Objective: To review randomised controlled trials of alternative maternity services characterised by continuity of midwifery care.
Methods: A systematic review of randomised controlled trials, analysed on an intention to treat basis, in which the study intervention was characterised by a midwife or small group of midwives providing care from early pregnancy to the postnatal period (defined as that provided on the postnatal ward); and the controls by standard maternity care as practised in the place where the trial was conducted. The seven trials identified included 9148 women. Main outcome measures were interventions during labour, maternal outcomes and infant outcomes.
Results: The alternative models with continuity of midwifery care were associated with less use of obstetric interventions during labour (eg, induction, augmentation of labour, electronic fetal monitoring, obstetric analgesia, instrumental vaginal delivery and episiotomy). However, the caesarean section rate did not differ statistically between the trial groups (OR 0.91; 95% CI 0.78 to 1.05). The lower episiotomy rate in the alternative models of care (OR 0.69; 95% CI 0.61 to 0.77) was associated with a significantly higher rate of perineal tears in the pooled alternative groups (OR 1.15; 95% CI 1.05 to 1.26). The percentage of intact perineums was very similar for the two groups (OR 1.11; 95% CI 1.00 to 1.24). There was no maternal death, and rates of maternal complications based on unpooled estimates did not show any statistically significant differences. The proportion of babies with an Apgar score < 7 at five minutes after the birth was approximately the same in the pooled alternative groups as in the control groups (OR 1.13 95% CI 0.69 to 1.84). Admission to intensive care or special care baby unit was similar (OR 0.86; 95% CI 0.71 to 1.04). The difference in perinatal deaths was bordering on statistical significance (OR 1.60; 95% CI 0.99 to 2.59).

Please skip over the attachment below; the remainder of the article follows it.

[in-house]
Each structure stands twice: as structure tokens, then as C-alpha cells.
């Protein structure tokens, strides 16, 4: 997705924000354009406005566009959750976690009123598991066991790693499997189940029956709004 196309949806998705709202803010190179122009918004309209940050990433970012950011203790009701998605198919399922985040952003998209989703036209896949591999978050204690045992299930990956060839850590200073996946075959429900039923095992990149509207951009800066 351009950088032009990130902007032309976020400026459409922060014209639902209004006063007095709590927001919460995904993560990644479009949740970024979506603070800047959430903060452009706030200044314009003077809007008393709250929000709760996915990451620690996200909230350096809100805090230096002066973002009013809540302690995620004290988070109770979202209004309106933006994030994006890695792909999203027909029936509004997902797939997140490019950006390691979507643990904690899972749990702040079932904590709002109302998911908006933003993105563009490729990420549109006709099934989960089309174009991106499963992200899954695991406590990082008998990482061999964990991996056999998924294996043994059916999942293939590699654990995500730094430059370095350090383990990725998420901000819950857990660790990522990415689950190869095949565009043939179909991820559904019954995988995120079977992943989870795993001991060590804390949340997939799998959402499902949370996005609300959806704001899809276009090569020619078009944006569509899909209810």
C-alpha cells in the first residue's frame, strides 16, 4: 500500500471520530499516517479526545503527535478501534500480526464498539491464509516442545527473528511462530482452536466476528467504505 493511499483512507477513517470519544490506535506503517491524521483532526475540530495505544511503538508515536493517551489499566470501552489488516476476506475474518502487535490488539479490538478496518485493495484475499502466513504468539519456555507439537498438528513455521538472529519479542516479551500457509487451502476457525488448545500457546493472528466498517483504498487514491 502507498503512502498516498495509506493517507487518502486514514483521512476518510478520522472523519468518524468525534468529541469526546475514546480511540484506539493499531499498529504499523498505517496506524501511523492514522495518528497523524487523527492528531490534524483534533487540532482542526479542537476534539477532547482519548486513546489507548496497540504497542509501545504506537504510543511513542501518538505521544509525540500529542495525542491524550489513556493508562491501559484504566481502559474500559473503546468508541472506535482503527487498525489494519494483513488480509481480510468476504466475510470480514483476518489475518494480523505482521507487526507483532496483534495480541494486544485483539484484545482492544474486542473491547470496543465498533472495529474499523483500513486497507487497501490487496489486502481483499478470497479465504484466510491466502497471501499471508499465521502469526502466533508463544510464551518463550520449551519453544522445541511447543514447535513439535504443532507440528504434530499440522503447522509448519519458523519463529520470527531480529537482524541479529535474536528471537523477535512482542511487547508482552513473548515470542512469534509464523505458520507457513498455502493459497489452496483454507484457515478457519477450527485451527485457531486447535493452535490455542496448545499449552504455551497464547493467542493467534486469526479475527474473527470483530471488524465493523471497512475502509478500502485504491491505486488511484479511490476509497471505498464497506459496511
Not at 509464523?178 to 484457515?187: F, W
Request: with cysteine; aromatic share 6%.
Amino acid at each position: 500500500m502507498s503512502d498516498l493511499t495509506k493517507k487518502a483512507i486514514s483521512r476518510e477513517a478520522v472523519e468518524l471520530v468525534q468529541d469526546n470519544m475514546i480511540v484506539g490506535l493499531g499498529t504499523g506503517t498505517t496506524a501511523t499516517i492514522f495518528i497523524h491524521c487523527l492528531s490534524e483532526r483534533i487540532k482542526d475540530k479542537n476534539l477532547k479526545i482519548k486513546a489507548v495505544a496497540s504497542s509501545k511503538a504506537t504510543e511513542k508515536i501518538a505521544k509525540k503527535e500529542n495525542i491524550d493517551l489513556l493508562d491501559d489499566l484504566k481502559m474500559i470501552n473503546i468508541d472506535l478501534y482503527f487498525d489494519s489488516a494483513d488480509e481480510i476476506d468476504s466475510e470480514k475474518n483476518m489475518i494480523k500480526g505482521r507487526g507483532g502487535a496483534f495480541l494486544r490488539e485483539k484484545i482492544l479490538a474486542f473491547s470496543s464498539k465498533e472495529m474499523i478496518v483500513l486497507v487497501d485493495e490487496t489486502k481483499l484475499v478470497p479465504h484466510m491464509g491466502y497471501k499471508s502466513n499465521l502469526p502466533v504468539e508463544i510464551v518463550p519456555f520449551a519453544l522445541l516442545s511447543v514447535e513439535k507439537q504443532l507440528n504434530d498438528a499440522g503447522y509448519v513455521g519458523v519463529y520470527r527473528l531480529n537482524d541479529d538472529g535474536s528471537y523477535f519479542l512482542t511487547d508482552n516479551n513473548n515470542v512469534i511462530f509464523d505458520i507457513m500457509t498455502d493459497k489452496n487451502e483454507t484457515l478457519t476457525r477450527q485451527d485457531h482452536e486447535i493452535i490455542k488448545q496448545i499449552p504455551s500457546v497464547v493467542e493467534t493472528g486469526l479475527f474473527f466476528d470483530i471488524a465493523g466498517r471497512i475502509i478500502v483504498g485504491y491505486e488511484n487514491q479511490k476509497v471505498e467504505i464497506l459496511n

Conclusion: Continuity of midwifery care is associated with lower intervention rates than standard maternity care. No statistically significant differences were observed in maternal and infant outcomes. However, more research is necessary to make definite conclusions about safety, for the infant as well as for the mother. This review illustrates the variation in the different models of alternative and standard maternity care, and thus the problems associated with pooling data from different trials.